Sunday, May 9, 2010

A social contract, broken

Contrary to western Europe, where property has been the prevailing value of the ruling elites, in Greece it has been rent-seeking. Throughout the Ottoman period, local authority was based on tax collection, as performed by the local elites, the “kotsabazes”. When Greece revolted in 1821, they quickly managed to regain control, albeit through a civil war (that started in 1822!). Greece’s current ruling elites are their descendants, either by blood or spirit. What the kotsabazes did was collecting taxes in the name of the Sultan and keeping them, mostly for themselves. Thus the “State” has always been something that everyone looked upon as a source of income. The “kotsabazes” had the “connections” that gave them the authority, and their subordinates were given a small part of the spoils, as rents for their obedience. Those small parts, as soon as Greece became independent, translated into jobs in the civil service, i.e. employees of the State.

This has been the social contract upon which Greece has functioned for the past 180 years. The ruling elites milk the country's resources (or borrow on its behalf) to fill their coffers, and the ruled (the voters) keep them in power in exchange for jobs in the public sector. This is how we ended up with almost a million and a half public employees.

Following Greece’s virtual bankruptcy and the obligatory measures that the government must take, this social contract has been broken. Hence the riots. The riots bring together the beneficiaries of the social contract; civil servants, pensioners, and other indirect beneficiaries of the state. They are angry because they feel betrayed. And truly they are. Their rulers became rich at their expense, and now, their rulers tell them that they have to reduce their wages, or even leave them jobless. The ruled want “justice’, meaning that they want the rulers to pay as well.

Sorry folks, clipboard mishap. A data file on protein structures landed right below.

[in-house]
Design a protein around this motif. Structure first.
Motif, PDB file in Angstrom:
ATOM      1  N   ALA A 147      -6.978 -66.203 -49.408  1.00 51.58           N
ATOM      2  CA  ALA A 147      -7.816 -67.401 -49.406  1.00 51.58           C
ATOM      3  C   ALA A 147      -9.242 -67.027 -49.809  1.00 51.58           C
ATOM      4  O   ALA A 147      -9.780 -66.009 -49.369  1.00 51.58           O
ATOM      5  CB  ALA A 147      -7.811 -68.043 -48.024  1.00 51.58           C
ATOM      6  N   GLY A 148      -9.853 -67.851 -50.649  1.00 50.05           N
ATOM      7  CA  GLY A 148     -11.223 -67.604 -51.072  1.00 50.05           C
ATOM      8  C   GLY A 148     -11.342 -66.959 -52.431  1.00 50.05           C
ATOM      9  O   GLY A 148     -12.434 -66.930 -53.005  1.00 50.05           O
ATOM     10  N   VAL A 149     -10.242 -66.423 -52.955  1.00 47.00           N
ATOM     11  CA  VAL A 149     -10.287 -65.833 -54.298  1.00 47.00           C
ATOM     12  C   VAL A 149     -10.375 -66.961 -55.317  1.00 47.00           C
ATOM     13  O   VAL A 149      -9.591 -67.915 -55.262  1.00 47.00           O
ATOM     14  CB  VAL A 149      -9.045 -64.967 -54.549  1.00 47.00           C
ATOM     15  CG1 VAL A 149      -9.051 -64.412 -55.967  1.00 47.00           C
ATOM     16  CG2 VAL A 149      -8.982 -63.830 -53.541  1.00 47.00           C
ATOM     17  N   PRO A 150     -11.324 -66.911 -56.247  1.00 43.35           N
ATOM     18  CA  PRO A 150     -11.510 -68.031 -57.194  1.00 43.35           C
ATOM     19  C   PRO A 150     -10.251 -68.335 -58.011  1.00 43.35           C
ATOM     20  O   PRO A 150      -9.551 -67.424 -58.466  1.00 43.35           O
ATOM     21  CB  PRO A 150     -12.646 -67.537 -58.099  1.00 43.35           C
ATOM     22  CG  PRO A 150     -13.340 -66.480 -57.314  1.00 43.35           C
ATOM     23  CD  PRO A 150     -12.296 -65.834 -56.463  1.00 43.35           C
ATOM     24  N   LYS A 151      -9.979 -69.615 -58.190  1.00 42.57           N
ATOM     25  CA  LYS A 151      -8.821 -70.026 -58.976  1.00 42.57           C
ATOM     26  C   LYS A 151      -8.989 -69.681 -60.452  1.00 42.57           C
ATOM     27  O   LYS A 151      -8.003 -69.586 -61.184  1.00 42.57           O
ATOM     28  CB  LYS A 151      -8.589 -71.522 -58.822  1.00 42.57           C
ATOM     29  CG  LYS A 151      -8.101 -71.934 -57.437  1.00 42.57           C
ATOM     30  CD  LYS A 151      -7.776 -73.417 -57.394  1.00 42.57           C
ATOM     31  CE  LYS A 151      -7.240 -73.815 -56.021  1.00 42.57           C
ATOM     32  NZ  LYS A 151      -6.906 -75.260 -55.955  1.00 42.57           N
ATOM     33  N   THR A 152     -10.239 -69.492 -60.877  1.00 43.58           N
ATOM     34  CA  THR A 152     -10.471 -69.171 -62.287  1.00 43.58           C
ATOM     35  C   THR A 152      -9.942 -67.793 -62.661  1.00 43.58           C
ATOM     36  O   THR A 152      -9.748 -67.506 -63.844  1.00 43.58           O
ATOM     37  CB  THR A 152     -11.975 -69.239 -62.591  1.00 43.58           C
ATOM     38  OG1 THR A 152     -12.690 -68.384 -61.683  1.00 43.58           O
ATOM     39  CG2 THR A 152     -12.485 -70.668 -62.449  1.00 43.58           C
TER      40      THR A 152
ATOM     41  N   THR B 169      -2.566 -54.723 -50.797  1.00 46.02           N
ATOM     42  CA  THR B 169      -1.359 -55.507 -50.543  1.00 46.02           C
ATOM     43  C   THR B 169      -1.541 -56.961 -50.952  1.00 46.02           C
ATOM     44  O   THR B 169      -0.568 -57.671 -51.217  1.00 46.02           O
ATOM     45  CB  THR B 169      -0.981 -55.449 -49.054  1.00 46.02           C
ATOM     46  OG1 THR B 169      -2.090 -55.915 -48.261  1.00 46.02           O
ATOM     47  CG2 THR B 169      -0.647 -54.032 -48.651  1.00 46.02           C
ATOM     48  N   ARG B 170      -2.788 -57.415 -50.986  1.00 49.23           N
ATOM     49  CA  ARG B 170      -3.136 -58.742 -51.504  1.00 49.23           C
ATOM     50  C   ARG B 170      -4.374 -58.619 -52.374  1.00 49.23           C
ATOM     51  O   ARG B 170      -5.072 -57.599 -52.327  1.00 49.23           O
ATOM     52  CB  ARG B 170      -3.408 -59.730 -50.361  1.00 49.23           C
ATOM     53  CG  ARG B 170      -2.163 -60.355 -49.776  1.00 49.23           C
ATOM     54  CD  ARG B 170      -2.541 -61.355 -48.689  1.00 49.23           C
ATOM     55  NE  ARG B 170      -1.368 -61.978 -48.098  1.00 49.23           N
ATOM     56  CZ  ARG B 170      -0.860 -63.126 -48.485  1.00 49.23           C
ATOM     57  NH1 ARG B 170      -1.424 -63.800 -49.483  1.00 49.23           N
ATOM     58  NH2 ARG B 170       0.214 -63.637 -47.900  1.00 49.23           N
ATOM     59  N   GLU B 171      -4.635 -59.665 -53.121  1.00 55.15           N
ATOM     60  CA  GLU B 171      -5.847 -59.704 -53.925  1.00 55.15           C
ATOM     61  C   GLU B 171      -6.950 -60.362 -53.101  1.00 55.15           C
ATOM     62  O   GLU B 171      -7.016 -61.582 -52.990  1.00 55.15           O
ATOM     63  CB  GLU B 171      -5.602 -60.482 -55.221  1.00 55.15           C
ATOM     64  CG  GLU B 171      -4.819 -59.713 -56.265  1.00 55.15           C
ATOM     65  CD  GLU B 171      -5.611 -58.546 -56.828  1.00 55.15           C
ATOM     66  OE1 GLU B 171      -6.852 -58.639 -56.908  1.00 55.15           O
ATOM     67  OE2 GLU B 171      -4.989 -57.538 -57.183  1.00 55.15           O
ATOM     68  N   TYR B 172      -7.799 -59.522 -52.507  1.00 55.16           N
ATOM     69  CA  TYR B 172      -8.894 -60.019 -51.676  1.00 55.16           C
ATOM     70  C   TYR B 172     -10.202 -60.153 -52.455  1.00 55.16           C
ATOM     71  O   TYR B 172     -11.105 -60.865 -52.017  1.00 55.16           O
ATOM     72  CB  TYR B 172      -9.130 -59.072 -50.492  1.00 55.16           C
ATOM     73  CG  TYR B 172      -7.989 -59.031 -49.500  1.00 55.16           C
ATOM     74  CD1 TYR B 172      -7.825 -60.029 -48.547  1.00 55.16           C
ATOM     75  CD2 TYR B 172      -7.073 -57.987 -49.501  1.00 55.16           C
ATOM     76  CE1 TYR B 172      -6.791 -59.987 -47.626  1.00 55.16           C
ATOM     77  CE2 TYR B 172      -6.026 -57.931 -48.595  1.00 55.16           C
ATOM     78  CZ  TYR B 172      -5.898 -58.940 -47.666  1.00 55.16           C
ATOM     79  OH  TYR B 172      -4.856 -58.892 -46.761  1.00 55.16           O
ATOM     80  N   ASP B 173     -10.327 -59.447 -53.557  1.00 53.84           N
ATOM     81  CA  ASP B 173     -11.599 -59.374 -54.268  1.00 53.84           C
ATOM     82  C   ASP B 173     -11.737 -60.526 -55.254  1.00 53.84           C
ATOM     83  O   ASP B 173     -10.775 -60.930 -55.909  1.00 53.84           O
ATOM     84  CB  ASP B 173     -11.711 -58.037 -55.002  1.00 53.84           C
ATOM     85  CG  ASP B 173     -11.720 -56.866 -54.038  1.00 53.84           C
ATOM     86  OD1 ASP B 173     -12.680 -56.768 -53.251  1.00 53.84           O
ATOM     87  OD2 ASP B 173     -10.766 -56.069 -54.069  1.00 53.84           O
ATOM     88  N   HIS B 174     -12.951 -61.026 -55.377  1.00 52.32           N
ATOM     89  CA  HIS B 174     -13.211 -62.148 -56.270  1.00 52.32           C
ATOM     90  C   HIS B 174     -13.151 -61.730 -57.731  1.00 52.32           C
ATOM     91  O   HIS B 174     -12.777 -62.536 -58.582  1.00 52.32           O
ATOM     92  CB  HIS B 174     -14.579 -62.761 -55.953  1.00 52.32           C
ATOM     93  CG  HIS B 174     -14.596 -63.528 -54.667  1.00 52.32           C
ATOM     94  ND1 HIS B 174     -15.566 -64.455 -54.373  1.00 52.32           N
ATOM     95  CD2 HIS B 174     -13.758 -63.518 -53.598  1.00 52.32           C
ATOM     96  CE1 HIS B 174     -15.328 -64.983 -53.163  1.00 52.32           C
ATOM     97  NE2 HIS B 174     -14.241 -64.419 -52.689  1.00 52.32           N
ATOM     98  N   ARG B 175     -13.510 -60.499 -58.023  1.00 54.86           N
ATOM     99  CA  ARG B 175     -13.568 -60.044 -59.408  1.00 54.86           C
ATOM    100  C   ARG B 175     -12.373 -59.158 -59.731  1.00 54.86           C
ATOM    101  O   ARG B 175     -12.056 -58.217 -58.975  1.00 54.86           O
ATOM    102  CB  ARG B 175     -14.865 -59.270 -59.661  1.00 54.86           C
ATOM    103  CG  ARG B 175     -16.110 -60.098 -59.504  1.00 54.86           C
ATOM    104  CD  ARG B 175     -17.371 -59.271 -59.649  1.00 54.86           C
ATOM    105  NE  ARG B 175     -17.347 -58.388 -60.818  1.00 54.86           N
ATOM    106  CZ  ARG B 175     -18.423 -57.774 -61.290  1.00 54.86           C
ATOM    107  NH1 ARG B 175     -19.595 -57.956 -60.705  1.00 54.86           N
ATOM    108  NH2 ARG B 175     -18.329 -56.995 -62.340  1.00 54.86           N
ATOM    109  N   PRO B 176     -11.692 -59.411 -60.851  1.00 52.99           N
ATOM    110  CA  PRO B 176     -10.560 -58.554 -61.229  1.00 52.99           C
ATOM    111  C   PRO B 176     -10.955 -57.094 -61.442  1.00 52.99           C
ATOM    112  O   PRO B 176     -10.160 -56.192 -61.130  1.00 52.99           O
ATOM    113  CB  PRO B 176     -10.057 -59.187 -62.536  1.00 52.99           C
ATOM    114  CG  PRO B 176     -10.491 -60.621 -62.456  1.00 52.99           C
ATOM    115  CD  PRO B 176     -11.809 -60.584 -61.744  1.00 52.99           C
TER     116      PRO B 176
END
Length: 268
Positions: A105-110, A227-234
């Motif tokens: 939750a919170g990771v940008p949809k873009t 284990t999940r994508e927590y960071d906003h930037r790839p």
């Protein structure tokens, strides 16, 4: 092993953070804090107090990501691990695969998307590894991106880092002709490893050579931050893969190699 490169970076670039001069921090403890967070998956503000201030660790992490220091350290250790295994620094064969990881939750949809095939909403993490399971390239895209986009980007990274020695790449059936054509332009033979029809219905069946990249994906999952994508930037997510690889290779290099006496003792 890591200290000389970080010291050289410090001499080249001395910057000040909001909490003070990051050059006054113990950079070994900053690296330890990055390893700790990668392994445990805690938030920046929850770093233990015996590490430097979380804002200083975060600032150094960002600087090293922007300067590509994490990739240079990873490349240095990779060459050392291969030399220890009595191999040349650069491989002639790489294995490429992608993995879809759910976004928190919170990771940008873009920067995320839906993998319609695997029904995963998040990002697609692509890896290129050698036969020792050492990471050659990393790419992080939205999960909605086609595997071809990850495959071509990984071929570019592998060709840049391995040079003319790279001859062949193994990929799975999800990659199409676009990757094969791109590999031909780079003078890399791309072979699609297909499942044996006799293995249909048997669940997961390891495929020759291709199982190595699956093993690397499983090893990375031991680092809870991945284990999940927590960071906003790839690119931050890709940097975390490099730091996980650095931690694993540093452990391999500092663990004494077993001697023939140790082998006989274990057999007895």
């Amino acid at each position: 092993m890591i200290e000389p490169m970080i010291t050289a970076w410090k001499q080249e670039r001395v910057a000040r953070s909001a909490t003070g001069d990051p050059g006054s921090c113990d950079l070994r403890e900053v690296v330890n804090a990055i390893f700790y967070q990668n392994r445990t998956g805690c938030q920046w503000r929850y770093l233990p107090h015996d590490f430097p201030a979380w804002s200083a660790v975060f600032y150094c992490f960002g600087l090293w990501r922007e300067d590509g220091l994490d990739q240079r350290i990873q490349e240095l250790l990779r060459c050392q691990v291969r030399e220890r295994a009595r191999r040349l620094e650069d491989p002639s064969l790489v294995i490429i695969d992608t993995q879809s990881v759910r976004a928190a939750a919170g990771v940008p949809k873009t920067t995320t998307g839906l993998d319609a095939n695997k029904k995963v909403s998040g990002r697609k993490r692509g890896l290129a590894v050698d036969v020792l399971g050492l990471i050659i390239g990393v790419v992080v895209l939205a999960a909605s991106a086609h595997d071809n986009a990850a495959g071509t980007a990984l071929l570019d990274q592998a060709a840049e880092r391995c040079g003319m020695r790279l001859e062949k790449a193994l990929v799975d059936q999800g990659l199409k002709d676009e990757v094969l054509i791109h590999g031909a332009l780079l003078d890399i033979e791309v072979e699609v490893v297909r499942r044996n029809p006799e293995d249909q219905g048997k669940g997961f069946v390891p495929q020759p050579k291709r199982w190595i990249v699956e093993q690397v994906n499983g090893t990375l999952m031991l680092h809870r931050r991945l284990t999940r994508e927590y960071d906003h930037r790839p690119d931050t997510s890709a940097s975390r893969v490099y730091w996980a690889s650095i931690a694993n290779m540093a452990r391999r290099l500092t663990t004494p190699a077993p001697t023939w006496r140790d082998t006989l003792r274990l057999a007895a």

Tuesday, May 4, 2010

Letter from the abyss

History is aplenty with ironies, so here's one more: Greece (the ancient one) the foundation of the European idea, and Greece (the modern one) bringing about its undoing. The Greek communists that unfurled their banners on Acropolis today saw it otherwise. They believed that revolution is back. That capitalism, having failed the peoples of the world, is about to crumple into dust and that communism will prevail. Conveniently, they tend to forget that Greece has failed not because of an oligarchy snatching away the country’s wealth, but because of socialist politics that benefited one and a half million workers (who are employed as civil servants and produce nothing), propped up with borrowed foreign money. Should we blame the bankers and the hedge funds for this? It’s like blaming a rich uncle for giving too much money to a delinquent, adolescent, nephew who went and spent it all on candy. The adolescent became fat in the meantime. And is now crying for more candy without crossing his stupefied mind that a diet is now in order.In failing, Greece has exposed the weakness of European institutions. Whenever I see that pathetic Luxembourgian guy who is supposed to be the “President of Europe” my shoulders drop and I get a tendency to stare at the floor for hours. We have entered a period of uncertainty that will make the recession of 2008 look like nothing.